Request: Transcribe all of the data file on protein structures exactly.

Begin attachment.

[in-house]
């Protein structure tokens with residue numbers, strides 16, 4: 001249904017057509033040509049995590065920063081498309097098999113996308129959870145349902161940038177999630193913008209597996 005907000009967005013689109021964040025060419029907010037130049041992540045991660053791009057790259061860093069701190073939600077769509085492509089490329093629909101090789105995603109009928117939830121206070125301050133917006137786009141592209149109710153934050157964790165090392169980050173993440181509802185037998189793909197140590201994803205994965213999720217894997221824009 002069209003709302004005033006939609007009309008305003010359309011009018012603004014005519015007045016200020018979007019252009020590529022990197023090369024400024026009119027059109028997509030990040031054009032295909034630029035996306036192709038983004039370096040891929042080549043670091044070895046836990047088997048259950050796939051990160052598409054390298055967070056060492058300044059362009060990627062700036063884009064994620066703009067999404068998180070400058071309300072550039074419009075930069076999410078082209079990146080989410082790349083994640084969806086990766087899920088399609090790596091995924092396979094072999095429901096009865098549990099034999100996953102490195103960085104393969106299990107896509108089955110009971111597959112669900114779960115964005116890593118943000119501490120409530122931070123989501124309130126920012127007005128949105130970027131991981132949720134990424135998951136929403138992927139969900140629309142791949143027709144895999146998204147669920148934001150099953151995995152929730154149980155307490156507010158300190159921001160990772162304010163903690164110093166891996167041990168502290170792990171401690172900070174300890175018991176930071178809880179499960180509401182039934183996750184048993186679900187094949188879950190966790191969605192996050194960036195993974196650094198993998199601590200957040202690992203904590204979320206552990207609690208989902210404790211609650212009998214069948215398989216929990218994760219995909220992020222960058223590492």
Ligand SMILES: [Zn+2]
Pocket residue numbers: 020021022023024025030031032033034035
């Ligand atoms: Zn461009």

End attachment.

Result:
[in-house]
């Protein structure tokens with residue numbers, strides 16, 4: 001249904017057509033040509049995590065920063081498309097098999113996308129959870145349902161940038177999630193913008209597996 005907000009967005013689109021964040025060419029907010037130049041992540045991660053791009057790259061860093069701190073939600077769509085492509089490329093629909101090789105995603109009928117939830121206070125301050133917006137786009141592209149109710153934050157964790165090392169980050173993440181509802185037998189793909197140590201994803205994965213999720217894997221824009 002069209003709302004005033006939609007009309008305003010359309011009018012603004014005519015007045016200020018979007019252009020590529022990197023090369024400024026009119027059109028997509030990040031054009032295909034630029035996306036192709038983004039370096040891929042080549043670091044070895046836990047088997048259950050796939051990160052598409054390298055967070056060492058300044059362009060990627062700036063884009064994620066703009067999404068998180070400058071309300072550039074419009075930069076999410078082209079990146080989410082790349083994640084969806086990766087899920088399609090790596091995924092396979094072999095429901096009865098549990099034999100996953102490195103960085104393969106299990107896509108089955110009971111597959112669900114779960115964005116890593118943000119501490120409530122931070123989501124309130126920012127007005128949105130970027131991981132949720134990424135998951136929403138992927139969900140629309142791949143027709144895999146998204147669920148934001150099953151995995152929730154149980155307490156507010158300190159921001160990772162304010163903690164110093166891996167041990168502290170792990171401690172900070174300890175018991176930071178809880179499960180509401182039934183996750184048993186679900187094949188879950190966790191969605192996050194960036195993974196650094198993998199601590200957040202690992203904590204979320206552990207609690208989902210404790211609650212009998214069948215398989216929990218994760219995909220992020222960058223590492």
Ligand SMILES: [Zn+2]
Pocket residue numbers: 020021022023024025030031032033034035
């Ligand atoms: Zn461009």